I have been reporting to you since 2014 about the massive data breach at Home Depot that affected as many as 56 million Home Depot customers between April and September of 2014.    A class action on behalf of the victims was settled in 2016 and I reported to you at that time as to what you needed to do to receive compensation if you were affected by the data breach.  Now  Home Depot has reached a separate settlement of a legal action brought against it by the Attorneys General for 46 states plus the District of Columbia.  As a result of the settlement, Home Depot will upgrade its seurity procedures and hire a chief information security officer as well as pay 17.5 million dollars.

Similar to the major data breach at Target which occurred a year earlier, Home Depot’s computers and credit card processing equipment were hacked when a third party party vendor’s computers were hacked thereby enabling the hackers to steal the passwords necessary for the third party vendor to access Home Depot’s computers.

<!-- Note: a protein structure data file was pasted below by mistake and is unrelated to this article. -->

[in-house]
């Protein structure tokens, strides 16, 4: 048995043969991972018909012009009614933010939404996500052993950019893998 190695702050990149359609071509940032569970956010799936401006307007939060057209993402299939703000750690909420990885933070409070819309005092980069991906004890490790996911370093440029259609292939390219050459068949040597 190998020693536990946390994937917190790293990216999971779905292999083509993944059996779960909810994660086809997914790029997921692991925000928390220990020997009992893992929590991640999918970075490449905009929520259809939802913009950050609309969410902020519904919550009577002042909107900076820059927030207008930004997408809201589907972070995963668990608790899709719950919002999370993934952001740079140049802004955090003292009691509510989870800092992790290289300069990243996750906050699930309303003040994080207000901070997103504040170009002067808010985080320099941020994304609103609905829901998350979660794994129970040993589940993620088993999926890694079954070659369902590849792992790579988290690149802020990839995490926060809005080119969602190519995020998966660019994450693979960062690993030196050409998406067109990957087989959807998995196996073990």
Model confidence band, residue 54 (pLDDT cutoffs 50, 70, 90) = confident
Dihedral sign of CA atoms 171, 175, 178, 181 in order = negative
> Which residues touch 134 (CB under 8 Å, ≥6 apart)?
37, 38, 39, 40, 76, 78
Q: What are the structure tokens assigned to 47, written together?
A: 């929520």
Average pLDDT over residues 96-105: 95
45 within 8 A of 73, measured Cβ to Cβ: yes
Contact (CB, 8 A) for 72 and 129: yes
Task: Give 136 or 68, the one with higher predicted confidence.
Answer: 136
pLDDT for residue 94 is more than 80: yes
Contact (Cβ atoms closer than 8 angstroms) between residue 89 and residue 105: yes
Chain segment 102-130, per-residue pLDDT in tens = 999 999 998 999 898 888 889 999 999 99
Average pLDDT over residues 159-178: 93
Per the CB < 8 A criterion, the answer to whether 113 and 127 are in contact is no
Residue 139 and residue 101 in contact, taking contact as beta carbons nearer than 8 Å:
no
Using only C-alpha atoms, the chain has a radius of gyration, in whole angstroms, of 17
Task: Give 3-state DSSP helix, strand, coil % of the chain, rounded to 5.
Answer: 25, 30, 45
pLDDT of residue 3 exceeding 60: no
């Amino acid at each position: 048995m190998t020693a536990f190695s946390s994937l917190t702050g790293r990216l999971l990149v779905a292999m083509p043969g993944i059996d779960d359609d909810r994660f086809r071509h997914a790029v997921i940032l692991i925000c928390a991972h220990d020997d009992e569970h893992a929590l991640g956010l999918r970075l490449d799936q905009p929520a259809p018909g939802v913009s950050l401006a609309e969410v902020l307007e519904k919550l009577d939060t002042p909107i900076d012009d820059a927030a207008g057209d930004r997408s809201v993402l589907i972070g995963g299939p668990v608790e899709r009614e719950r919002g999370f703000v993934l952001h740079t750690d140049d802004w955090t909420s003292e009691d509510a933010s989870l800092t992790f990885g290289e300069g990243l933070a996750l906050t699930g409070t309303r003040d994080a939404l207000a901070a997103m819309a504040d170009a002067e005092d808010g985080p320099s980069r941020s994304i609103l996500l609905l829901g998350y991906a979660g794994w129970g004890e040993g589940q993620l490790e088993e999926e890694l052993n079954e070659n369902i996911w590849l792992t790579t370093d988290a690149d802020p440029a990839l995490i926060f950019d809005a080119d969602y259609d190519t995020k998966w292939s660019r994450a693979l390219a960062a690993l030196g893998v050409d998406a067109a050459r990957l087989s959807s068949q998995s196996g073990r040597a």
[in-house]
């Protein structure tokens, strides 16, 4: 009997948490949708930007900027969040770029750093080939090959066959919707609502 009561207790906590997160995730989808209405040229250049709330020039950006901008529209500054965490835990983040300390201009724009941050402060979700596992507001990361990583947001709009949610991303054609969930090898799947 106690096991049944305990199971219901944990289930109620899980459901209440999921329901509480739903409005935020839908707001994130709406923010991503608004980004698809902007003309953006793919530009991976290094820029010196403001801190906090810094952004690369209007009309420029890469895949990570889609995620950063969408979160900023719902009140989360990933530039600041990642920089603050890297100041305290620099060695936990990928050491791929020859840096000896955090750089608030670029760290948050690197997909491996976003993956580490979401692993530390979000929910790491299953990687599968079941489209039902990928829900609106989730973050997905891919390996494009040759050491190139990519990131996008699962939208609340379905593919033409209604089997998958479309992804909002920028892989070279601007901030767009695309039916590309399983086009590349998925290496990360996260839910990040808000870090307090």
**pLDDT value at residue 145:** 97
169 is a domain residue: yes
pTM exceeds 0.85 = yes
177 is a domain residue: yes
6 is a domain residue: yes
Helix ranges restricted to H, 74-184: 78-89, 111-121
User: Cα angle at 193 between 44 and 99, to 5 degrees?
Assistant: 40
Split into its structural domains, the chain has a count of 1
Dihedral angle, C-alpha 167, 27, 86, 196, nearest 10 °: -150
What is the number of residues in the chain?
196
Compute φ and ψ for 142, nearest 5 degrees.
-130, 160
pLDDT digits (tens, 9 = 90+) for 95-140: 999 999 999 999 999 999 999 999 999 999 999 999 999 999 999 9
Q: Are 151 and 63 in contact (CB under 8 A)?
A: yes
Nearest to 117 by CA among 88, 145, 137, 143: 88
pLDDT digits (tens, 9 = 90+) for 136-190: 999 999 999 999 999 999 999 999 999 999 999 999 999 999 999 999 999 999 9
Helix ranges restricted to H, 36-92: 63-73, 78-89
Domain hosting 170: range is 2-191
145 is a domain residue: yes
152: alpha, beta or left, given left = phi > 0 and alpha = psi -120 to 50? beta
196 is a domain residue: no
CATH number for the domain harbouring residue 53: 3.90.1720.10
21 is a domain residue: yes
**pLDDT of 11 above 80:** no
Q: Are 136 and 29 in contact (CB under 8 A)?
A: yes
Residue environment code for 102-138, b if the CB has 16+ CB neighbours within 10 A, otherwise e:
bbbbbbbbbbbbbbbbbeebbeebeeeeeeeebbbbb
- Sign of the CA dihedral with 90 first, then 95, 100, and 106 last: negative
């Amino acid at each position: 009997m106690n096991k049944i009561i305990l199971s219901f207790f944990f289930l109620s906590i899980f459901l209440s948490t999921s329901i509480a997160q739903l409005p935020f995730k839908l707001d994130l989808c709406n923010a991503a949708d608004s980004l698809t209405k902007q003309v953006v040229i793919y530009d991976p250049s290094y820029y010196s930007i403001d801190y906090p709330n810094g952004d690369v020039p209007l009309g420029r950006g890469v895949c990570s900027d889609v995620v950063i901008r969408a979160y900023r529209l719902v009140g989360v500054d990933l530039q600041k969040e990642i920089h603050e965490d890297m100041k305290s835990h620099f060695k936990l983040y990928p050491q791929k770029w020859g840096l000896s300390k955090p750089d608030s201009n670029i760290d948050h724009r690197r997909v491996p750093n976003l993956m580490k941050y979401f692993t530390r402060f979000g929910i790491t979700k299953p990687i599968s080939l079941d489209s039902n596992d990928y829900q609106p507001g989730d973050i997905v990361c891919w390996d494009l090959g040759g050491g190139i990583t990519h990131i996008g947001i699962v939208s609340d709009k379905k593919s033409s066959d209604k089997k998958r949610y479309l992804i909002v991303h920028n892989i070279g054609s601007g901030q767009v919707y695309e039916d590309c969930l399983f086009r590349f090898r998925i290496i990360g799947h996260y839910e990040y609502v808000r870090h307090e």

Data breaches are a common occurence and a constant reminder that regardless of how careful you may be as to you security, you are only as safe and secure as the weakest places where you do business or who have your records.  Greater use of EMV smart chip credit cards will reduce the effects of data breaches aimed at gaining credit card and debit card information at brick and mortar stores, but many stores still have not shifted over to the new equipment required to process EMV smart chip credit cards.  Additionally, your chip card does not protect you when shopping online.

Do not use your debit card for retail purchases.  Limit its use to ATMs.  There are strong laws to protect you from fraudulent use of your credit card, but the laws protecting you from liability in the event of fraudulent use of your debit card are not as strong and you potentially risk losing your entire bank account to which the card is attached.  In addition, even if you report the fraudulent use of your debit card immediately, your bank will freeze your account while it investigates the breach which can be very inconvenient if you need immediate cash or have bills automatically paid from your account.

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